Scene, Heard

Apparently, Lift to Experience's debut album, The Texas-Jerusalem Crossroads, has sold out of its inaugural 5,000-copy pressing in the U.K. (where its label, Bella Union, is based) and Europe. Still no word on a domestic distributor for the disc, and we hope no one is scared off by Crossroads', uh, interesting artwork, a take on the ubiquitous album covers produced by Houston-based graphics group Pen & Pixel. (Just pick up any Master P or No Limit Records release, and you'll know what we're talking about.) Let's just say the Lift to Experience cover was an amusing idea gone awry, not unlike communism or the Bush presidency. At any rate, we'd be surprised if Crossroads isn't licensed for proper U.S. distribution by some American record label before the year is over, though we are merely speculating. In the meantime, Lift to Experience should be heading back to Europe later this summer to hit the festival circuit and for a potential stop in Paris to play with New Order and Outkast. Which is a lineup that couldn't be any more random if the names had been picked out of LTE singer-guitarist Josh Pearson's beat-up cowboy hat...

Expect a new Earl Harvin Trio record very soon on Two Ohm Hop, the former Denton label now based in Austin. The disc--produced by the threesome and Two Ohm Hop co-owner David Willingham--is the band's first for Two Ohm Hop, following the 2000 demise of Leaning House Records, the label that released the group's three previous efforts, including 1999's Live at the Gypsy Tea Room. Of course, the always-busy members of the band have more than just a new album on the itinerary for this summer. Among other things, the Trio's piano man, Dave Palmer, will play a string of dates in Japan later this summer--backed by a few members of Sub Oslo--thanks to a friendly booking contact who is a big fan of Palmer's work. (And why shouldn't he be?) Meanwhile, Harvin and his drums are scheduled to head into the studio with The The in the near future, continuing the relationship he began with Matt Johnson (The The Man behind The The) on last year's NakedSelf. Make up your own half-assed one-liner to finish off this paragraph...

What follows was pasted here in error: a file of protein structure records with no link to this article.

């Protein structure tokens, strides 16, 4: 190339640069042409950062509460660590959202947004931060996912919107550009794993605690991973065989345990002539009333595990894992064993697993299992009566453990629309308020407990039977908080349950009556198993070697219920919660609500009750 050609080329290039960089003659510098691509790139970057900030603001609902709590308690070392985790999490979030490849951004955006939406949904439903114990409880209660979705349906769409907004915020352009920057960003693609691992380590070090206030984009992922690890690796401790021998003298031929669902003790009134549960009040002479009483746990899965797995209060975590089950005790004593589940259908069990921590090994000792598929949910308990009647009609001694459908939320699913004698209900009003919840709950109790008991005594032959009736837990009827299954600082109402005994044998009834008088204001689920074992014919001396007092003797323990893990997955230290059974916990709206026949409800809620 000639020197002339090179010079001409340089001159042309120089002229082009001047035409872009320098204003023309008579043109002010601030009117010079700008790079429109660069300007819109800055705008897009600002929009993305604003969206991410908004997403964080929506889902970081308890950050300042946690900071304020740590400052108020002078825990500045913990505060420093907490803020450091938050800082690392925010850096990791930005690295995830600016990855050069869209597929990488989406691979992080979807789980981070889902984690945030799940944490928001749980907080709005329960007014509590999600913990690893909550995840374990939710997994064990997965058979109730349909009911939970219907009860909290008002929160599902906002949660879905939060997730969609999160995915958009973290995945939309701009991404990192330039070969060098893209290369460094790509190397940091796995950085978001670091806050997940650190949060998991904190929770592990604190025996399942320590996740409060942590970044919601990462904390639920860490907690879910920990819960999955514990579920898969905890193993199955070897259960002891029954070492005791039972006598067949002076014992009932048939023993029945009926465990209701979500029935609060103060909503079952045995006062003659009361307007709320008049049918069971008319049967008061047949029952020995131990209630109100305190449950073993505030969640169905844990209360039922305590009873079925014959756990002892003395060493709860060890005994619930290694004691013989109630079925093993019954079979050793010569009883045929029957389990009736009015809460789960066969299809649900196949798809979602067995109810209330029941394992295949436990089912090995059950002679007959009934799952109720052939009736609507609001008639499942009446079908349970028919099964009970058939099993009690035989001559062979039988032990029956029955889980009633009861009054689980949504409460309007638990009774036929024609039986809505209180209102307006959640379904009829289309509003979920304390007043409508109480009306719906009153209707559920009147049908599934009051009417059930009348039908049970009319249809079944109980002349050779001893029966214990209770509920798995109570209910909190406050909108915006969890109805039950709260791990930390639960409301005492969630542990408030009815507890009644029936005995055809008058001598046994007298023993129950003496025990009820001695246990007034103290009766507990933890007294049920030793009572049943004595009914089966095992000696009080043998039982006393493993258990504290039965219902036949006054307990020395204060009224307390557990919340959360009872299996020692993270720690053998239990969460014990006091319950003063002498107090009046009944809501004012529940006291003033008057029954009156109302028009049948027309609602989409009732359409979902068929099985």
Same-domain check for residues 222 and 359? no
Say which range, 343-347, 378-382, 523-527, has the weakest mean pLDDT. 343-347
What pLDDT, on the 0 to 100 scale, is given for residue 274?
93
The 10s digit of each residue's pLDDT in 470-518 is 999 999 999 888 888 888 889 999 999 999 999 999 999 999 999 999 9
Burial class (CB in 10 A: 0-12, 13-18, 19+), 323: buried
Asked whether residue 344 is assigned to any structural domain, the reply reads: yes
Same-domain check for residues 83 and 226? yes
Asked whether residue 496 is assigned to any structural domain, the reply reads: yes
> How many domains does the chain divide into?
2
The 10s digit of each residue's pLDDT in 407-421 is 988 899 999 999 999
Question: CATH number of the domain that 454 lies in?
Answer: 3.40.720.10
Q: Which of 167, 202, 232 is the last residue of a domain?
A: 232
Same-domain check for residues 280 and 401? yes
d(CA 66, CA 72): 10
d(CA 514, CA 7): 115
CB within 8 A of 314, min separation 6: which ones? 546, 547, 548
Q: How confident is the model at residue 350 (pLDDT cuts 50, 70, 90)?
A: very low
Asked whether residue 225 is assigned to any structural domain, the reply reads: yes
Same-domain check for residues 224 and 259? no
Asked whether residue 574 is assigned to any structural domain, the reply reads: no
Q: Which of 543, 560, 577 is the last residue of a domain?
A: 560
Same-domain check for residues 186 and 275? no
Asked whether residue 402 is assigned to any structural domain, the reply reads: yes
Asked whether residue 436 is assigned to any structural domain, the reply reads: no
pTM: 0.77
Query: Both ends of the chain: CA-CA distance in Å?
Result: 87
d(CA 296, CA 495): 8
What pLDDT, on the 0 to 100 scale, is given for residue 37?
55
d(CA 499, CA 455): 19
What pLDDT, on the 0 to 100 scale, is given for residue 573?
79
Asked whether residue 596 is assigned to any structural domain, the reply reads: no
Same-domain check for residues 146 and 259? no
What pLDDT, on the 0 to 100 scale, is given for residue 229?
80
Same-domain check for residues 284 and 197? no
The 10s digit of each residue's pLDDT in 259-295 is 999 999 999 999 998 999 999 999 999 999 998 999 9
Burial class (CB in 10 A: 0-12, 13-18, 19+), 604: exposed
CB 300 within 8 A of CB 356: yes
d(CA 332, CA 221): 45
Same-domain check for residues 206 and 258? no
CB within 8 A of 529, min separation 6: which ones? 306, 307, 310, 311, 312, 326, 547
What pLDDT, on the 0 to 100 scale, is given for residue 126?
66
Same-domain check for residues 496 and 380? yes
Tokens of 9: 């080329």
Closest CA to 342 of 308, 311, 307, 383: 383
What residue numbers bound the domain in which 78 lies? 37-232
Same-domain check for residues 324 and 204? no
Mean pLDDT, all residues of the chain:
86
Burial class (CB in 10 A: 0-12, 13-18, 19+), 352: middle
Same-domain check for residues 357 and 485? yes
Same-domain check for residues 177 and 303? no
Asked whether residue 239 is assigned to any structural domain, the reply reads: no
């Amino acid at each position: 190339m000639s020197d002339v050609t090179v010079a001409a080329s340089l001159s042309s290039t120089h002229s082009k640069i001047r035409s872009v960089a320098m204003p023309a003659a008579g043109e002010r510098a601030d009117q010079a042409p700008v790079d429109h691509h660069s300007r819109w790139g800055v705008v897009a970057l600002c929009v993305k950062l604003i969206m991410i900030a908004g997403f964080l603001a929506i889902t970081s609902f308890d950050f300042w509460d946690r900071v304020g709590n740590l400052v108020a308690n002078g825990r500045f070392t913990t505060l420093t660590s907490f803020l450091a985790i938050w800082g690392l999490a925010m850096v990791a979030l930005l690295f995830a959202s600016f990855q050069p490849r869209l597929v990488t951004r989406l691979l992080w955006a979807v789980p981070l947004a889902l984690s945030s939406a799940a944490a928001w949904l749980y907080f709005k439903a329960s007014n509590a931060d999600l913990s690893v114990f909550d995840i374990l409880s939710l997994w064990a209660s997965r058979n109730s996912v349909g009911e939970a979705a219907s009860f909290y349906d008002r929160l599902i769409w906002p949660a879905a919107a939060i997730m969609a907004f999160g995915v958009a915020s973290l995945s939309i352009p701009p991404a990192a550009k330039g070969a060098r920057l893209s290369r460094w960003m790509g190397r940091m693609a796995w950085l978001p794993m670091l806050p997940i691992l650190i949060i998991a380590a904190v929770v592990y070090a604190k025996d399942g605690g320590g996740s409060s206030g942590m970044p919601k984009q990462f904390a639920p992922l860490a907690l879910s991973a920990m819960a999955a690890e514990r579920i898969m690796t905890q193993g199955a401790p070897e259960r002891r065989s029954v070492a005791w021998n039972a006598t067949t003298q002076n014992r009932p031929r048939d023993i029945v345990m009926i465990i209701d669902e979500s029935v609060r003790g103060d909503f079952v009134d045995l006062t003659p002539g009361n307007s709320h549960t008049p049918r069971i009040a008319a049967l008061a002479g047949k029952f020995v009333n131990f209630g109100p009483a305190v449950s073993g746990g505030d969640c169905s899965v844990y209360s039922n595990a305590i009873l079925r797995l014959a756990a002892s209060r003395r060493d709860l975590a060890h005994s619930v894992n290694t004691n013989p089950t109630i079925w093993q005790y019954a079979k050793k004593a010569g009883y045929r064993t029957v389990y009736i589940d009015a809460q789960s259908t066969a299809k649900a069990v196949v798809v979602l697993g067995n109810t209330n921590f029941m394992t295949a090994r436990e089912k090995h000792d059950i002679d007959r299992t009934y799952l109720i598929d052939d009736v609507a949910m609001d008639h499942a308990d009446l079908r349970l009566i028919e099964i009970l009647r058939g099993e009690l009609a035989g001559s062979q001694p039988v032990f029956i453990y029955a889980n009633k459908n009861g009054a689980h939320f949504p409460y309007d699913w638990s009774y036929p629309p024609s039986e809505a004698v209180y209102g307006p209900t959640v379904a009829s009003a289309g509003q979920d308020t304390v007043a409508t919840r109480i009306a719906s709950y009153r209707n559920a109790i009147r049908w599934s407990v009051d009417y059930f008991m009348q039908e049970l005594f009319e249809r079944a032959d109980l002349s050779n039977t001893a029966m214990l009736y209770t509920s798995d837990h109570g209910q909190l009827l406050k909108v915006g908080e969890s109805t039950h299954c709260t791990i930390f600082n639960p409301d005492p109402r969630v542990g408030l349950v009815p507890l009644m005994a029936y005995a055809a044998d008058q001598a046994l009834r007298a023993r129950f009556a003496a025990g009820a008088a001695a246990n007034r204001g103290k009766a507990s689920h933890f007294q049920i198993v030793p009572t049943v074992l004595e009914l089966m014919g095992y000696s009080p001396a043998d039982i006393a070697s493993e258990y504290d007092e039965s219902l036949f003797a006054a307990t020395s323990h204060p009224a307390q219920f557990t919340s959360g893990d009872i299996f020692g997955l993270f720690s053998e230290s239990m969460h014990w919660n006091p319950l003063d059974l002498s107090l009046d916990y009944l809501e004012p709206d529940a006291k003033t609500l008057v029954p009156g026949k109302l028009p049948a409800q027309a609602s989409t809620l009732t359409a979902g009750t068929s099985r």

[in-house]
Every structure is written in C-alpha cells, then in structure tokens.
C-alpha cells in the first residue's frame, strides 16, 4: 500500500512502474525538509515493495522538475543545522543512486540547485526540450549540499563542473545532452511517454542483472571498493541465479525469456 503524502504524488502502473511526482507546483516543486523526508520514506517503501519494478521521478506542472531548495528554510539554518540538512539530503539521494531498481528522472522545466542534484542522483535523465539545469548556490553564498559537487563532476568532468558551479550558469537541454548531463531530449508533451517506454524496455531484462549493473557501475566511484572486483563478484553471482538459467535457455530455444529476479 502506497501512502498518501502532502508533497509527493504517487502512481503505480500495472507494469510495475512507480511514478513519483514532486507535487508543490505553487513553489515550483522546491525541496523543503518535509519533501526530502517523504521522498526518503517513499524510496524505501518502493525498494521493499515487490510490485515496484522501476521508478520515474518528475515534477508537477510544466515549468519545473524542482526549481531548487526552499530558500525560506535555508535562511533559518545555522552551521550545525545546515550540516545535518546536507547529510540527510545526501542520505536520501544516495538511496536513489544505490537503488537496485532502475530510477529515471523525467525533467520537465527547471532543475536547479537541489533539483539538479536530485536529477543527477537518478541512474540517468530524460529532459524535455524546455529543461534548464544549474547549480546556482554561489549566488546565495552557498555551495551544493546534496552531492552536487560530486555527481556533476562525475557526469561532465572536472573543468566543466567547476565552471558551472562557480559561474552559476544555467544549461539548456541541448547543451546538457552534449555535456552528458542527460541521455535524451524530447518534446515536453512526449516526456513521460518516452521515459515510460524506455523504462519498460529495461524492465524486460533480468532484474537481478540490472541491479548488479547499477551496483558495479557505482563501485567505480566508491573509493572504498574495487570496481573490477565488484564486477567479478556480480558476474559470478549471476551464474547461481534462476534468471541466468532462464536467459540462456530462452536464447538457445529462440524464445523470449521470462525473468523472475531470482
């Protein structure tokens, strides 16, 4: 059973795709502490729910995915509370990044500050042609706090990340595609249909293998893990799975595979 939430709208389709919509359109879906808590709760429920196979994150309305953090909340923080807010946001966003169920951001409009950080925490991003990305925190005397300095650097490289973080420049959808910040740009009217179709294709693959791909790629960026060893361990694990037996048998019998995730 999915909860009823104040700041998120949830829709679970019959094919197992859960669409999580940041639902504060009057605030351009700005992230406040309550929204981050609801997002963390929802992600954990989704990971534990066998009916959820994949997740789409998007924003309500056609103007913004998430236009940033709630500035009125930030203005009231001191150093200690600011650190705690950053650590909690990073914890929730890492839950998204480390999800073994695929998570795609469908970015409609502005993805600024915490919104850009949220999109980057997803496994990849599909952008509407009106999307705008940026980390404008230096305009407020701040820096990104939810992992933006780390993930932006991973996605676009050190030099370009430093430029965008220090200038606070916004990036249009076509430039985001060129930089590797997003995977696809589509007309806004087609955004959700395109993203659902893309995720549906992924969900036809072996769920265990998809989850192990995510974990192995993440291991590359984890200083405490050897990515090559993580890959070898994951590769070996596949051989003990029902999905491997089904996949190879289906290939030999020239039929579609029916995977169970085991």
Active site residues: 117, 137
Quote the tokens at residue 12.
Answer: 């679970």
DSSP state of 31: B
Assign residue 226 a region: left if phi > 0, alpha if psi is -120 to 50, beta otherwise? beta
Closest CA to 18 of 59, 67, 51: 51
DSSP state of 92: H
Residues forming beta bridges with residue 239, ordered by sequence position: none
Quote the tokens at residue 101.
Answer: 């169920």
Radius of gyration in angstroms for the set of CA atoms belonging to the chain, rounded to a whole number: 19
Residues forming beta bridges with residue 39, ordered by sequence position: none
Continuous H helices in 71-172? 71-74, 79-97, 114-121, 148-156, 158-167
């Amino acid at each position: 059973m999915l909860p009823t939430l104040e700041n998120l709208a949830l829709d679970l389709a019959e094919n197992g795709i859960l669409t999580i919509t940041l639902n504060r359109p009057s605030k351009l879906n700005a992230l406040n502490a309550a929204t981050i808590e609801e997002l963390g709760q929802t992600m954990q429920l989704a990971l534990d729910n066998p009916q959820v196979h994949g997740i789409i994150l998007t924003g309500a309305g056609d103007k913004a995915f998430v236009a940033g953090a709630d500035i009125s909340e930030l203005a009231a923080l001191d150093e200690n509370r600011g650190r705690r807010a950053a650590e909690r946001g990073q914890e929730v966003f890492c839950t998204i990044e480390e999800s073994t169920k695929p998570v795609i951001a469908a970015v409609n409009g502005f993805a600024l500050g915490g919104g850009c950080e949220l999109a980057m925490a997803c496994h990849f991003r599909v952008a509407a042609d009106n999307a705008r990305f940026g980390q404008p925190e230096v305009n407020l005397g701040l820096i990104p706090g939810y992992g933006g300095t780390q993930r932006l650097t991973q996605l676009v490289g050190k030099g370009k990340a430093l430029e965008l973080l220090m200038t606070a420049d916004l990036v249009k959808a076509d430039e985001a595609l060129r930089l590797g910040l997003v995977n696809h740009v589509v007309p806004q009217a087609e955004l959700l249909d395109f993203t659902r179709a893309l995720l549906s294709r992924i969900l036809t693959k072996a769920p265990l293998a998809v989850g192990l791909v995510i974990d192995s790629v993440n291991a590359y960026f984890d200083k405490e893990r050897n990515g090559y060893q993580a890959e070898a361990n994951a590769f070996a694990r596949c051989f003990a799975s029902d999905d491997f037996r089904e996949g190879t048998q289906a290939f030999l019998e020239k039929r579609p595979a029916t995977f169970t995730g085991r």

Lewis has signed to Deep Elm Records, bringing the total of Dallas bands on the North Carolina-based label's roster to three, counting Red Animal War and Slowride. Looks as though Deep Elm is in direct competition with Washington, D.C.'s Beatville Records--which released the pAper chAse's Young Bodies Heal Quickly, You Know and is set to put out records by [DARYL] and Lucy Loves Schroeder in the next few months--to see who can sign the most area acts. Not that we're complaining, you understand: We've always followed a strict the-more-attention-the-better policy. Don't look for the results of Lewis' new deal just yet though, as the group has yet to record its debut full-length for the label, and the tentative plan is to have it in stores next spring. If you can't wait for local product bearing the Deep Elm imprint, however, a split single featuring Red Animal War and Slowride should be out in a couple of months or so, if that's vague enough for you. If it's not, just replace "couple of months or so" with "eventually." Lewis will play at the Curtain Club on July 27 with Pale and Macavity...

Chaz Knight, now former host of The Local Show on KEGL-FM (97.1), quit his post at the station at the end of his June 24 show, signing off by telling listeners that they could hear him next week on KYNG-FM (105.3)--you know, "The Talk That Rocks"...sort of. As one DJ put it, Knight will no longer be difficult to recognize, after pulling that stunt. "You should be able to see that guy coming from a mile away," he says. Why? Because of the size of his balls. In other news involving KEGL-FM, former nighttime hosts Kramer and Twitch are both a) still fired and b) talent-free morons...

One correction from last week: The shindig happening in Roanoke is not, in fact, called Massive Festival. Seems we performed an internal spell-check on the name; it's really known as MASSIV Festival. Head to for more details...

Editor's note: If you're wondering why this week's column appears courtesy of Pinkston instead of that jackass Zac Crain, allow us to fill you in. Apparently--and completely unbeknownst to him, as it turns out--Crain has been giving the band a little help for a while now, composing its periodic newsletters and e-mailing them to Pinkston fans via his personal e-mail address, The group wanted to return the favor and give him a little time off, so it offered to write this week's edition of Scene, Heard. (Which has about the same degree of difficulty as breathing, from what we can tell.) If you're a fan of Pinkston, drop Zac a line at the Yahoo! address and give him a solid "attaboy," or something along those lines, for pitching in and helping out when he can. (Of course, if you actually want to reach Zac Crain, it's probably best not to use that address, since it doesn't actually belong to him, and was instead surreptitiously started, more than likely, by a member of Pinkston or one of their many, many friends. Feel free to become "Zac Crain" yourself; we're sure or or is not taken, but you better hurry. We'd be remiss, however, if we didn't mention that if you've ever seen the guy, you wouldn't want to pretend to be him. Even on the Internet.)

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